In the arts it has helped establish or support the Stratford Shakespearean Festival in Ontario, Canada, and the American Shakespeare Festival in Stratford, Connecticut; Arena Stage in Washington, D.C.; Karamu House in Cleveland, Ohio; and Lincoln Center for the Performing Arts in New York. In a recent shift in program emphasis, President Rodin has now eliminated the division that spent money on the arts, the creativity and culture program. One program that signals the shift was the foundation's support as the underwriter of Spike Lee's documentary on New Orleans, When the Levees Broke. The film has been used as the basis for a curriculum on poverty, developed by the Teachers College at Columbia University for their students.
Thousands of scientists and scholars from all over the world have received foundation fellowships and scholarships for advanced study in major scientific disciplines. In addition, the foundation has provided significant and often substantial research grants to finance conferences and assist with published studies, as well as funding departments and programs, to a vast range of foreign policy and educational organizations, some of which include:
By 1943 this program, under the foundation's Mexican Agriculture Project, had proved such a success with the science of corn propagation and general principles of agronomy that it was exported to other Latin American countries; in 1956 the program was then taken to India; again with the geopolitical imperative of providing an antidote to communism. It wasn't until 1959 that senior foundation officials succeeded in getting the Ford Foundation (and later USAID, and later still, the World Bank) to sign on to the major philanthropic project, known now to the world as the Green Revolution. It also provided significant funding for the International Rice Research Institute in the Philippines. Part of the original program, the funding of the IRRI was later taken over by the Ford Foundation.
Costing around $600 million, over 50 years, the revolution brought new farming technology, increased productivity, expanded crop yields and mass fertilization to many countries throughout the world. Later it funded over $100 million dollars of plant biotechnology research and trained over four hundred scientists from Asia, Africa and Latin America. It also invested in the production of transgenic crops, including rice and maize. In 1999, the then president Gordon Conway addressed the Monsanto board of directors, warning of the possible social and environmental dangers of this biotechnology, and requesting them to disavow the use of so-called terminator genes; the company later complied.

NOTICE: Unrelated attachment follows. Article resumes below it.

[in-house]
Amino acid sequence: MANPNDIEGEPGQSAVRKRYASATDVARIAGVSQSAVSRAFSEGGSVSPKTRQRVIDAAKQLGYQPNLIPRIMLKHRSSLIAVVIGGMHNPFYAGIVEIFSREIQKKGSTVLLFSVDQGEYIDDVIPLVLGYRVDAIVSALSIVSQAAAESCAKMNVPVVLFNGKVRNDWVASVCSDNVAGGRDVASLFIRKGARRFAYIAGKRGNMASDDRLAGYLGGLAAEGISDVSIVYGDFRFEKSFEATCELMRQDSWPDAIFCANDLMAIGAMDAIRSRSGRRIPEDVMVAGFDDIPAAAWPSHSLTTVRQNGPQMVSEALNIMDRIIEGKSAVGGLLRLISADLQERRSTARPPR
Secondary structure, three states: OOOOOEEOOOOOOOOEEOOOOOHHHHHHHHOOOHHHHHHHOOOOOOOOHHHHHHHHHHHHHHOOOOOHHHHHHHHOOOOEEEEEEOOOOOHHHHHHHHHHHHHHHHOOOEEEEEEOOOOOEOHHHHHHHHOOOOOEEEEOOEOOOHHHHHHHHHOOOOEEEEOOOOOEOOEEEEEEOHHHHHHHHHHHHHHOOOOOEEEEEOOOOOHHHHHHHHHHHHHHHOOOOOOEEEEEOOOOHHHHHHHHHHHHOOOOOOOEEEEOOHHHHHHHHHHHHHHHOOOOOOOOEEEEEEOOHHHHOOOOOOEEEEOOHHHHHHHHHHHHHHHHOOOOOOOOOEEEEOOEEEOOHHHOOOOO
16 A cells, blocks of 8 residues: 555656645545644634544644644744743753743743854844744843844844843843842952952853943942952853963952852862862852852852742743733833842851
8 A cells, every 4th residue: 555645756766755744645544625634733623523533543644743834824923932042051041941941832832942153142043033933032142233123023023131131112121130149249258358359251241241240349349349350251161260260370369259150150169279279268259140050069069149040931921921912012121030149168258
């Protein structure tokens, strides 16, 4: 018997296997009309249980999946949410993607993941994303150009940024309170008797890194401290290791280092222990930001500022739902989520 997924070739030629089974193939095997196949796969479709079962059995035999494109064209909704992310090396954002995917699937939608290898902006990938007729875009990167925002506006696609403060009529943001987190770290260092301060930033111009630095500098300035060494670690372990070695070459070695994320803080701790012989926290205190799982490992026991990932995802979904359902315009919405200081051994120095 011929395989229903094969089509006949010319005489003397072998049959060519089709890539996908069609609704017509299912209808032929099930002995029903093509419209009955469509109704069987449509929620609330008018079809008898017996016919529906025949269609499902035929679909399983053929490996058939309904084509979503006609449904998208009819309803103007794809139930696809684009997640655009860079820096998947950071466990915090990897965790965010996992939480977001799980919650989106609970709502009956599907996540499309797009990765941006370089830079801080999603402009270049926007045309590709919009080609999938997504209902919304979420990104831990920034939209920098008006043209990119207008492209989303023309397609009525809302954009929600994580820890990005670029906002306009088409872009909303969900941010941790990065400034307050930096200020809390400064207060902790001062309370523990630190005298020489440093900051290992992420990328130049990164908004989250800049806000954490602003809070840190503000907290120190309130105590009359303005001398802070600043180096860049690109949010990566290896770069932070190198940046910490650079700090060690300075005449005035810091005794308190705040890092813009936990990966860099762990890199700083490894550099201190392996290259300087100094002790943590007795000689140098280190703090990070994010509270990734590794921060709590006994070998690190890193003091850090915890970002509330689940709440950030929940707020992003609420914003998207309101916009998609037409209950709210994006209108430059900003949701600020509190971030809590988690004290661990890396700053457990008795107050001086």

In the 1990s the foundation shifted its agriculture work and emphasis to Africa; in 2006 it joined with the Bill & Melinda Gates Foundation in a $150 million effort to fight hunger in the continent through improved agricultural productivity.
The Bellagio Center operates both a conference center and a residency program. The residency program is a competitive program to which scholars, artists, writers, musicians, scientists, policymakers and development professionals from around the world can apply to work on a project of their own choosing for a period of two to six weeks. Applications for the residency programs and conferences can be submitted via the Rockefeller Foundation's website: www.rockfound.org/bellagio
In October, 2006 the foundation announced that David Rockefeller, Jr. had joined the board of trustees, re-establishing the direct family link and becoming the sixth family member overall to serve on the board. This is unlike the Ford Foundation, which has permanently severed all direct links with the Ford family.
The foundation also has traditionally held a major portion of its shares portfolio in the family's oil companies, beginning with Standard Oil and now with its corporate descendants, including Exxon Mobil.
The early institutions it set up have served as models for current organizations: the UN's World Health Organization, set up in 1948, is modeled on the International Health Division; the U.S. Government's National Science Foundation (1950) on its approach in support of research, scholarships and institutional development; and the National Institute of Health (1950) imitated its longstanding medical programs.